What are the best neighborhoods for <$1000/month that give me relatively good access to the L and/or Metra? What should I expect when looking for a place to live with no job? While visiting I stayed with a friend and his family (he was visiting home) in Northbrook. Would it be wise to ask them about using their address for various things?
Welcome. Making a jump like that is a big step. I guess I'll answer the easiest question first..

1) Neighborhoods. Of course with anything, 1 bedrooms will be more expensive than a 2 bedroom, 3 bedroom, etc, but there are definitely options. As far as the desirable neighborhoods go, there's a lot of desirable ones on the north side, some on the west, and some on the south. I guess it depends on if you want a studio or a 1 bedroom, but I think you have some solid options.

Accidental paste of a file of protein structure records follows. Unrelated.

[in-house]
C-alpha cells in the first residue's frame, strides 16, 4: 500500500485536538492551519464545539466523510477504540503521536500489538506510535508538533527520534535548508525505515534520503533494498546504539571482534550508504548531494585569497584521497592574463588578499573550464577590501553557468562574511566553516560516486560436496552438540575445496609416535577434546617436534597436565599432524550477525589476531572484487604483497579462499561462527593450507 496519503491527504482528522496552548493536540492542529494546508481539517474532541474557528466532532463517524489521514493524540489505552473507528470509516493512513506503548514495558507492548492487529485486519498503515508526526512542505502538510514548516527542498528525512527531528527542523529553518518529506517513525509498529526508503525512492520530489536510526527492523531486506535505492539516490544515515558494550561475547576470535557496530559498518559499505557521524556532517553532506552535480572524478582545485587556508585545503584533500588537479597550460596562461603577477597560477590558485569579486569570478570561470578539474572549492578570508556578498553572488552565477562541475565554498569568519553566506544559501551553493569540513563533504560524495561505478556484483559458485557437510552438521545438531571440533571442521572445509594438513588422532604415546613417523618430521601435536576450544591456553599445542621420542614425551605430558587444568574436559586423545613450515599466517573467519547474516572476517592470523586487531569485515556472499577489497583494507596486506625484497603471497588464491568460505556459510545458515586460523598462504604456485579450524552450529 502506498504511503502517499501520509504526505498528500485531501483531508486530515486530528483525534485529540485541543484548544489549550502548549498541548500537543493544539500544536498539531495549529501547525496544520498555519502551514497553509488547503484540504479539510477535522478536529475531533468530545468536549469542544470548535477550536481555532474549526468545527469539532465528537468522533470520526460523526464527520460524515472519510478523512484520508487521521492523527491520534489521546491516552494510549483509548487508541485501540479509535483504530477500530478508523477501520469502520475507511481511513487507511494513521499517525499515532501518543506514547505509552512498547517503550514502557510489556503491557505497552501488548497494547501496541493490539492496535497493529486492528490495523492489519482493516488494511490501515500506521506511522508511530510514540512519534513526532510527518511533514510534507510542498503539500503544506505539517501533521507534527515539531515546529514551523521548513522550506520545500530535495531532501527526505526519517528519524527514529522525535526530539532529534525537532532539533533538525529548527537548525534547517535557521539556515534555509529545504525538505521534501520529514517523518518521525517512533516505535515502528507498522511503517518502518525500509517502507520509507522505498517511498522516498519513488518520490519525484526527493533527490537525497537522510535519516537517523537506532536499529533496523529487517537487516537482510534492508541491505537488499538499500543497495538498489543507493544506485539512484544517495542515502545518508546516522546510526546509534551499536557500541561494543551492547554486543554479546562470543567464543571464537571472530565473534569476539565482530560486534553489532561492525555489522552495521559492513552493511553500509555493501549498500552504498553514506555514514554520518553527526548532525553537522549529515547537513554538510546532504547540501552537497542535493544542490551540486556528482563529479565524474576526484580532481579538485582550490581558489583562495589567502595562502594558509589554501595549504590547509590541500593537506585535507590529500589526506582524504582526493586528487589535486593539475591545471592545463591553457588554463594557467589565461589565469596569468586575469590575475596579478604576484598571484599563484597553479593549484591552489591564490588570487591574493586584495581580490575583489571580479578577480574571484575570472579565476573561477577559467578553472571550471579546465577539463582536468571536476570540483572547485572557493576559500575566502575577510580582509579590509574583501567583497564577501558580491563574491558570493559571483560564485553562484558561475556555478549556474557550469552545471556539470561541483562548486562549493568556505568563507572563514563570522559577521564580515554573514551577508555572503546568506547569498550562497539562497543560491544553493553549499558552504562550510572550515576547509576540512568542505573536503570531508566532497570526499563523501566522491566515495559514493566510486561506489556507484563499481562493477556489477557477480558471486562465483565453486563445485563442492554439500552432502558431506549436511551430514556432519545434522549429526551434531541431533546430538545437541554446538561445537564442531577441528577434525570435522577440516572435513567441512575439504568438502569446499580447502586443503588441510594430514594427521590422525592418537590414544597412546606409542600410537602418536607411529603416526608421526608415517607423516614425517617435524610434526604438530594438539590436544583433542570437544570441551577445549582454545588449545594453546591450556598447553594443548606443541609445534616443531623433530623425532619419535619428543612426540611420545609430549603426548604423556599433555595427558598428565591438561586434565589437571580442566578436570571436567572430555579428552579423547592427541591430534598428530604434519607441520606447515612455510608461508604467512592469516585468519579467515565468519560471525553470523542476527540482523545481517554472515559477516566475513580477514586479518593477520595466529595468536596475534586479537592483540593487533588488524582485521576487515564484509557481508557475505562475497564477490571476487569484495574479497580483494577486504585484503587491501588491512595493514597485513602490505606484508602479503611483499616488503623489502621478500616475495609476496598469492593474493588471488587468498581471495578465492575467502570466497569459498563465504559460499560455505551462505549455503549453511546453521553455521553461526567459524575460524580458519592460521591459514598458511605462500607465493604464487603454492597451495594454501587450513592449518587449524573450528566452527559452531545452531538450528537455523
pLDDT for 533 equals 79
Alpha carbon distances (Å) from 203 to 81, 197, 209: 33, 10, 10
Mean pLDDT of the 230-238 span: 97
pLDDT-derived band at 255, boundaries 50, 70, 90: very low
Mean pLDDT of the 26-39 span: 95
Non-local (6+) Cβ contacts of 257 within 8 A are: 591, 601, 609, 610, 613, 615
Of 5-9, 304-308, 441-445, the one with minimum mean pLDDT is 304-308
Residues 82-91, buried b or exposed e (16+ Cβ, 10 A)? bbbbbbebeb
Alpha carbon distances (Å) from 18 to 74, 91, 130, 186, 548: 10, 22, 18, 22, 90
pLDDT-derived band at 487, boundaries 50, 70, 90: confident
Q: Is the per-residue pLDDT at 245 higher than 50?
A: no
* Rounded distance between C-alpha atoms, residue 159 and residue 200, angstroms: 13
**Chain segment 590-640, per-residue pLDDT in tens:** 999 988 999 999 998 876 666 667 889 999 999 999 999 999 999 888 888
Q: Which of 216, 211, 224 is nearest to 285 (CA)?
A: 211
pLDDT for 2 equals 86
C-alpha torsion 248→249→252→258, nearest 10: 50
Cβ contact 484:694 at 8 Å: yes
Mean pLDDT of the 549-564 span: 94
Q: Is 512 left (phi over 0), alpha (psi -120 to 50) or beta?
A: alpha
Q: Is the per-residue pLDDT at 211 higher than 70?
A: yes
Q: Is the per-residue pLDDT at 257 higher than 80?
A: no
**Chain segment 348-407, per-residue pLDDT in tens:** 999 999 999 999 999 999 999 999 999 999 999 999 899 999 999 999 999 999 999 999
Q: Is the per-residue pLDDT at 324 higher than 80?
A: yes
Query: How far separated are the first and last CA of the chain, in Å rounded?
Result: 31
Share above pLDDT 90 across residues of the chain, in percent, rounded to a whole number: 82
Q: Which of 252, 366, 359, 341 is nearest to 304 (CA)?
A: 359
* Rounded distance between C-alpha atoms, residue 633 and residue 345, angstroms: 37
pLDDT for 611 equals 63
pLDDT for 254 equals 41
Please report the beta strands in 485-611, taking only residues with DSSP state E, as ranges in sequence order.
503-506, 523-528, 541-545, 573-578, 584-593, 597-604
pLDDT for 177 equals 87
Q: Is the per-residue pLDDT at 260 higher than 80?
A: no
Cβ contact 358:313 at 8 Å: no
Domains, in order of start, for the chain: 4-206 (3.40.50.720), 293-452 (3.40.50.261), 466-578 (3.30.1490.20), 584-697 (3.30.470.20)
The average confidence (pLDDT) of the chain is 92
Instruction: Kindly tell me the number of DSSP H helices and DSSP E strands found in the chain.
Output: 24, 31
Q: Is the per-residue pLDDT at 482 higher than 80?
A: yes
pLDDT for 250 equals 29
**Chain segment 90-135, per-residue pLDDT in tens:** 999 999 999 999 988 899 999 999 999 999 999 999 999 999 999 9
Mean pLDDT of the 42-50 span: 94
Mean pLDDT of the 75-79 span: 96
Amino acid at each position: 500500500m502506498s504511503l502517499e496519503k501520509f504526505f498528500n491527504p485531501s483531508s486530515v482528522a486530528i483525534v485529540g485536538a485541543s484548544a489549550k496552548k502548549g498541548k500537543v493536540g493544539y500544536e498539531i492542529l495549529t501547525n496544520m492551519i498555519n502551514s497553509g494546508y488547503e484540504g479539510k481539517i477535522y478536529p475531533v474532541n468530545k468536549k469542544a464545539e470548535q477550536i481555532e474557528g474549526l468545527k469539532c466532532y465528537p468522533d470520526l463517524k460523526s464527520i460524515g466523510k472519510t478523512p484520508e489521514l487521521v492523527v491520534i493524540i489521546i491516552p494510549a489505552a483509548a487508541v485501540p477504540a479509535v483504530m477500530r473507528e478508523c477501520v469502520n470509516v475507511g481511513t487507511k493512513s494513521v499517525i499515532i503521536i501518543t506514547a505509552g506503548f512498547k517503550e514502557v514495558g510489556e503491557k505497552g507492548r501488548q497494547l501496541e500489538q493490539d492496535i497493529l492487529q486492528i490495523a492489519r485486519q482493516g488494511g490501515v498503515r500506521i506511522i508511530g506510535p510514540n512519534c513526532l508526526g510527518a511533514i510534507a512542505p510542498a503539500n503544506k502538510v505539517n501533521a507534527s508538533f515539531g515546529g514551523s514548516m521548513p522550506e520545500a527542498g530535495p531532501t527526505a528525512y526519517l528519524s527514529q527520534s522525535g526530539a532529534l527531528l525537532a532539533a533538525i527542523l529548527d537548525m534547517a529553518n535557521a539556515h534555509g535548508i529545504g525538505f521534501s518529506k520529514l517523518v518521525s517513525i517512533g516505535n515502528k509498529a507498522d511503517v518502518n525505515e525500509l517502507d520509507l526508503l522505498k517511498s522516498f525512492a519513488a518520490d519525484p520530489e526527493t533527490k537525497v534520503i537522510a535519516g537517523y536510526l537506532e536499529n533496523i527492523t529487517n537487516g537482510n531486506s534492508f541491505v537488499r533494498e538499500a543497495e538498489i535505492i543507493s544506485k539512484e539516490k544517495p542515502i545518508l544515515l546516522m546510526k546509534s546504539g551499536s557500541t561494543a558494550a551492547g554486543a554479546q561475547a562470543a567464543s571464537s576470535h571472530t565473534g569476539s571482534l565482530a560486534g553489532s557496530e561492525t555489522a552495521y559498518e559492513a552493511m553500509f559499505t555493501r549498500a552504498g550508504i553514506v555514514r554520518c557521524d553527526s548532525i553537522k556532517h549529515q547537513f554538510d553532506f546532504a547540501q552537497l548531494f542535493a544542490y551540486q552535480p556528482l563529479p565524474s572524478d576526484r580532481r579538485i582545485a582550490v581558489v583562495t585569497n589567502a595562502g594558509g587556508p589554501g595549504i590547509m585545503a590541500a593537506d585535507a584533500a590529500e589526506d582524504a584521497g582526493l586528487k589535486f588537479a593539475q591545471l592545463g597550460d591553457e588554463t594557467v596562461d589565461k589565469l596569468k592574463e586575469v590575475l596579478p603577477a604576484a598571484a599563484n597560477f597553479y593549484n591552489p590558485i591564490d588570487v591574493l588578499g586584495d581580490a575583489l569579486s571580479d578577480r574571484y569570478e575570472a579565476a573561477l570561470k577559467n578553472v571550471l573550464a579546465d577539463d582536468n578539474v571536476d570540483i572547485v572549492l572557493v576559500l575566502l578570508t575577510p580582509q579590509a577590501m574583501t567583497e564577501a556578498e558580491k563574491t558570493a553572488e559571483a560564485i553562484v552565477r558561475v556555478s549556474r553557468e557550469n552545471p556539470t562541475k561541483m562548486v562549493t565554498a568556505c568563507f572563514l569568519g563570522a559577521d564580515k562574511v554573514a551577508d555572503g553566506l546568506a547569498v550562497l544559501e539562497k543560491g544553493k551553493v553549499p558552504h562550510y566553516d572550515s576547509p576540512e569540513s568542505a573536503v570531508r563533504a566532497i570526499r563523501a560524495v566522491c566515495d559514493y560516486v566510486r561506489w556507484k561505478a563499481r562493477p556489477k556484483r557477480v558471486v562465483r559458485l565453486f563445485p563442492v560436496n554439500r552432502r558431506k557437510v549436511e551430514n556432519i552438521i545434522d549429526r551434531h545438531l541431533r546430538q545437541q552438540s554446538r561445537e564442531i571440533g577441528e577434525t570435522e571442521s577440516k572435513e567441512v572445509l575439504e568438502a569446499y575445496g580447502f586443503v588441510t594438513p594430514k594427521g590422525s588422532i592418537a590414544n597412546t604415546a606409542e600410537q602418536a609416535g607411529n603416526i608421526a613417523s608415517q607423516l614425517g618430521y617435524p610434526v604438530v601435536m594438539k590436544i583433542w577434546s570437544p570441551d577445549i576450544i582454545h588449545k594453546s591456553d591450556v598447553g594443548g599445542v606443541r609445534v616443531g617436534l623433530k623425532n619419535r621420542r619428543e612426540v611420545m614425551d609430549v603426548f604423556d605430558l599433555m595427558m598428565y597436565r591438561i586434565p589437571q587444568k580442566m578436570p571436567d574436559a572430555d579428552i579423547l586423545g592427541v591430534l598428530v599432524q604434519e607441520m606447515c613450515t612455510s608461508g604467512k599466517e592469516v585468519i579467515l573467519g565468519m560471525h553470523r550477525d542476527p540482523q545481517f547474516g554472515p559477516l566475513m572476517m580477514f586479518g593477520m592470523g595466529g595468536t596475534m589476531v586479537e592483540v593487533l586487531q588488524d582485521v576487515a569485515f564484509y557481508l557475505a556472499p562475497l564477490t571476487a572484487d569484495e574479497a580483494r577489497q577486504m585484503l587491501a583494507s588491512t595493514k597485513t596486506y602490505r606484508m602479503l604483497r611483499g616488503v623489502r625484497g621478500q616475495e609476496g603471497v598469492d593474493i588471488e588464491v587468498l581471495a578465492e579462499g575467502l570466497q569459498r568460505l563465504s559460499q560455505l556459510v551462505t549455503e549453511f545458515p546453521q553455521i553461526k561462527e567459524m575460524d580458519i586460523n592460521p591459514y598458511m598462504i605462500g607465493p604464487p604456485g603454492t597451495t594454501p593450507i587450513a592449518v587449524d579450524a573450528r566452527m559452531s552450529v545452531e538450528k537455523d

For north side neighborhoods, there are definitely studios/1 bedroom available in Lincoln Park, Lakeview, Edgewater, Ravenswood, Lincoln Square, Uptown, etc. Out of those, you'd probably have the most luck in Edgewater. Lincoln Park you'd probably have the least luck in, but they do still exist. Edgewater, Ravenswood, and Uptown all have them (be careful about where in uptown). All these places have easy access to the L with stuff around them so you don't need a car.

Some examples.

* Right near the train: Dakin Court Apartments | Chicago, IL Apartments for Rent | Rent.com®
* Right near the train: Thorndale | Chicago, IL Apartments for Rent | Rent.com®


For the south side neighborhoods..I'd probably look on the Lower West side in either Pilsen or Bridgeport. Hyde Park will have what you want too, but the L doesn't actually go through there even though it's a great neighborhood. I don't think you would have much trouble in Pilsen or Bridgeport finding what you want.